Austria's Kurz visits Jerusalem's Western Wall, Holocaust museum
Austrian Chancellor Sebastian Kurz visited Jerusalem's Western Wall holy site and Yad Vashem Holocaust museum on Sunday, during a visit to Israel designed to soothe fears about his joint government with the far-right and Freedom Party (FPO).
Late last year Kurz formed a government with the FPO and appointed as his deputy its leader, Heinz-Christian Strache.
The party has a past stained by frequent anti-Semitic and neo-Nazi incidents and instances of Nazi propaganda, prompting an Israeli diplomatic boycott of government ministers belonging to the party.
Ahead of his meeting with Israel’s Prime Minister Benjamin Netanyahu, the Chancellor visited Jerusalem’s Holocaust museum, Yad Vashem.
"As Chancellor of Austria, I have to state that Austria and Austrians carry a heavy burden for the shameful crimes committed during the Shoah," he said during the visit.
"But let me assure you that we Austrians know that we are responsible for our own history. It is our duty and obligation to ensure that the Shoah [Holocaust] will never happen again and that my generation and succeeding generations will never forget these horrific crimes."
The Chancellor announced a one-million Euro donation dedicated to help preserve Holocaust era works and documents and signed an “Agreement of Principle” which ensures that the museum will be granted access to the Austrian State Archives, the Mauthausen Memorial, and permission to copy Holocaust-related documents.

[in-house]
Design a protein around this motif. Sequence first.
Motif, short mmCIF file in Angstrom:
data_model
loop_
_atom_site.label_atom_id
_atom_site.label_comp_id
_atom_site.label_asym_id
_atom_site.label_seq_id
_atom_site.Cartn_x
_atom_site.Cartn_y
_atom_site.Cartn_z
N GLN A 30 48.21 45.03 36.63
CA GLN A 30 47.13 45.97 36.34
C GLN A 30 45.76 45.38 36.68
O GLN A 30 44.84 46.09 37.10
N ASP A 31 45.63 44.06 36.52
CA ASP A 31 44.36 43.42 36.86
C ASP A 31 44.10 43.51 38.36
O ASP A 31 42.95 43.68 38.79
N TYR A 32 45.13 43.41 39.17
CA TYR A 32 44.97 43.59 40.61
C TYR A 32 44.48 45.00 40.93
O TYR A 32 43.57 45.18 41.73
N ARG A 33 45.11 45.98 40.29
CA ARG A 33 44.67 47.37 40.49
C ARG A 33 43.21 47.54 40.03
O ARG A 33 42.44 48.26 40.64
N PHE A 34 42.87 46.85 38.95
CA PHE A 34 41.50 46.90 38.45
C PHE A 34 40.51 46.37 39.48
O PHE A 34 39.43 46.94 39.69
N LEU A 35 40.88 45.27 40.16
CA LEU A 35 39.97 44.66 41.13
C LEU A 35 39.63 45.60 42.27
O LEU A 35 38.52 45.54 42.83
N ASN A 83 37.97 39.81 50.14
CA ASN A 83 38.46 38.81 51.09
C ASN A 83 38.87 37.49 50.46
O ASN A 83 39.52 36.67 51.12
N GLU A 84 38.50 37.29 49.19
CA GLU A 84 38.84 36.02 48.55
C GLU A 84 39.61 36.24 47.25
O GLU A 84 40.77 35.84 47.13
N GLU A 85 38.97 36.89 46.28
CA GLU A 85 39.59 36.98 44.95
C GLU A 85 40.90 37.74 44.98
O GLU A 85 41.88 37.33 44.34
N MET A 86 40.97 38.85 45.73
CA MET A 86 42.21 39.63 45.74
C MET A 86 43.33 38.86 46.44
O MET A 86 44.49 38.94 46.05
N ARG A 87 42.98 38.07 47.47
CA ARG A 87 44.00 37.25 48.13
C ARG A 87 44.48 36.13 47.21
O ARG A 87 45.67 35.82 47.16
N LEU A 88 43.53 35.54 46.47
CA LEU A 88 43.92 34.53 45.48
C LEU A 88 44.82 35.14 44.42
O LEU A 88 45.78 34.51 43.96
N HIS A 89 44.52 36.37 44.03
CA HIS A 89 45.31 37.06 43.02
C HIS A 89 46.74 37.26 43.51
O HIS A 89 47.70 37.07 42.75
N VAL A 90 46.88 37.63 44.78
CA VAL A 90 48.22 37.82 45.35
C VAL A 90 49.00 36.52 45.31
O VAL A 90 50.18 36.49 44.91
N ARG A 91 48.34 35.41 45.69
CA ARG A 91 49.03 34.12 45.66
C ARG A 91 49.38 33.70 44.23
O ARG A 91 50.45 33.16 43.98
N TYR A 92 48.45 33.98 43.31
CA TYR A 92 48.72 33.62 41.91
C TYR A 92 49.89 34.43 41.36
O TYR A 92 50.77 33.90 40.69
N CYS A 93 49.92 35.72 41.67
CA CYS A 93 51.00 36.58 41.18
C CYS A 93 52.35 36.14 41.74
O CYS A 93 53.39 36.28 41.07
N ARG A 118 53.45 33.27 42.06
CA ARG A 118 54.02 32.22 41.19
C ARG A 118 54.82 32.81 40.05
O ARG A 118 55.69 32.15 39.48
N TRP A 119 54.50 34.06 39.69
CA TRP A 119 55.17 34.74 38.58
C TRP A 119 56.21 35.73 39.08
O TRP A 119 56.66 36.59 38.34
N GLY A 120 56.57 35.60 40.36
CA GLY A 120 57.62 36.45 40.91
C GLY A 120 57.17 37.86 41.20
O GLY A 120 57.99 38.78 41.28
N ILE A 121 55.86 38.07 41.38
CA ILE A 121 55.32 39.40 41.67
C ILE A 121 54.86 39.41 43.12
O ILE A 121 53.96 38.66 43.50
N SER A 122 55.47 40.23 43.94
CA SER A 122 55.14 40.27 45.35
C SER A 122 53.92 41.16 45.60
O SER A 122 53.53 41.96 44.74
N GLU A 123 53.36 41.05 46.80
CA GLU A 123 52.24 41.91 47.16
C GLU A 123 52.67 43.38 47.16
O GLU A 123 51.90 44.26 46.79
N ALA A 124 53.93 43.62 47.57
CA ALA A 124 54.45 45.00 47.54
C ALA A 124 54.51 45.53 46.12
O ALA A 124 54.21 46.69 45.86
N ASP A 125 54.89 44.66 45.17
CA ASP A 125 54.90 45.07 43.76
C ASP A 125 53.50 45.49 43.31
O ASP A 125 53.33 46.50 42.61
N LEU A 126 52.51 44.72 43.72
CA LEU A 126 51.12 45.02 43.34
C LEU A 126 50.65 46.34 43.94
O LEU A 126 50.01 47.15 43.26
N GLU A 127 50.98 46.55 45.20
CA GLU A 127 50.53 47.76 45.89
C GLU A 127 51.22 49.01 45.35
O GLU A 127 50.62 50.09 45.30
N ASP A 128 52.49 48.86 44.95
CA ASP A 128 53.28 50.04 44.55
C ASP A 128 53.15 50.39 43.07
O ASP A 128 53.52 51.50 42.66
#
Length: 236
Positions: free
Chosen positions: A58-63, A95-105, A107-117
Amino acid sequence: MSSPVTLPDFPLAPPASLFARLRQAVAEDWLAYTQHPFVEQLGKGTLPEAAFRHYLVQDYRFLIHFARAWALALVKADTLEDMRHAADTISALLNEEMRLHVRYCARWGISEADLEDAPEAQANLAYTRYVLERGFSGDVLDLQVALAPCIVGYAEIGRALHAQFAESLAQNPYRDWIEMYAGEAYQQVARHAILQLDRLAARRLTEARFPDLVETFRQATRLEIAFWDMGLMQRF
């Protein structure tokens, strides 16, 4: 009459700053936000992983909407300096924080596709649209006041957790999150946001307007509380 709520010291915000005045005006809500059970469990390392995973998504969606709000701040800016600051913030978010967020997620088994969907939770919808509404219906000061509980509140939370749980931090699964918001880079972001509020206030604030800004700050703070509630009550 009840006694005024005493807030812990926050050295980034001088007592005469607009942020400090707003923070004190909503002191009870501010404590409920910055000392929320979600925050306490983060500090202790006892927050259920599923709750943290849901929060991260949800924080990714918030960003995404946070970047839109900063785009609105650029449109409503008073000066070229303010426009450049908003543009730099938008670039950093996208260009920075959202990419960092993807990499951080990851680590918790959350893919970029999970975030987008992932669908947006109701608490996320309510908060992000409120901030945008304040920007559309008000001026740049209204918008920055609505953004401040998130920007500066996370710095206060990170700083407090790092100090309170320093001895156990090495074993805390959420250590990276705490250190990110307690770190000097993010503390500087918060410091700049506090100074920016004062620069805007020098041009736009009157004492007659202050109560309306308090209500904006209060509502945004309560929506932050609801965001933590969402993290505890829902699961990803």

Kurz also executed along with Federal Minister Heinz Faßmann an agreement to facilitate Holocaust education in Austria by sending hundreds of teachers and administrators to Yad Vashem for educational seminars.
Kurz was also accompanied during his Yad Vashem visit by the Chairman of the museum Avner Shalev and Holocaust survivor Victor Klein as he laid a wreath at the memorial.
The Austrian leader, who previously served as foreign minister, also made an unscheduled trip to the Western Wall holy site in Jerusalem's Old City.
The European Union considers the site occupied because it was taken by Israel in the 1967 war, and Kurz subsequently dubbed it a "private visit."
Kurz also laid a wreath at the grave-site of the late statesman Shimon Peres, tweeting that “it was a special privilege for me to have met him personally. He has inspired many people in #Israel and around the world.”
Last month, Chancellor Kurz attended an event to mark the liberation of the Mauthausen concentration camp in northern Austria where 100,000 prisoners died during WW2.
Some 200,000 prisoners passed through Mauthausen, which was set up for "political enemies" of the Nazi regime and was one of its biggest forced labor camps.
The site was chosen for its proximity to a quarry where granite was extracted in appalling conditions. The camp was liberated by American troops on May 5, 1945.
“Austria has a special historical responsibility never to forget the horrible crimes of the Holocaust and is committed to the security of Israel and its citizens,” Kurz tweeted in the past.
“We actively support Jewish life in our country and fight against any form of anti-Semitism. Only if Jews can live unrestrictedly in peace, freedom and security, ‘never forget’ can also turn into ‘never again,’” the Chancellor voiced.
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From today Austria will become a great nation. Please move your embassy to Jerusalem, God's own city.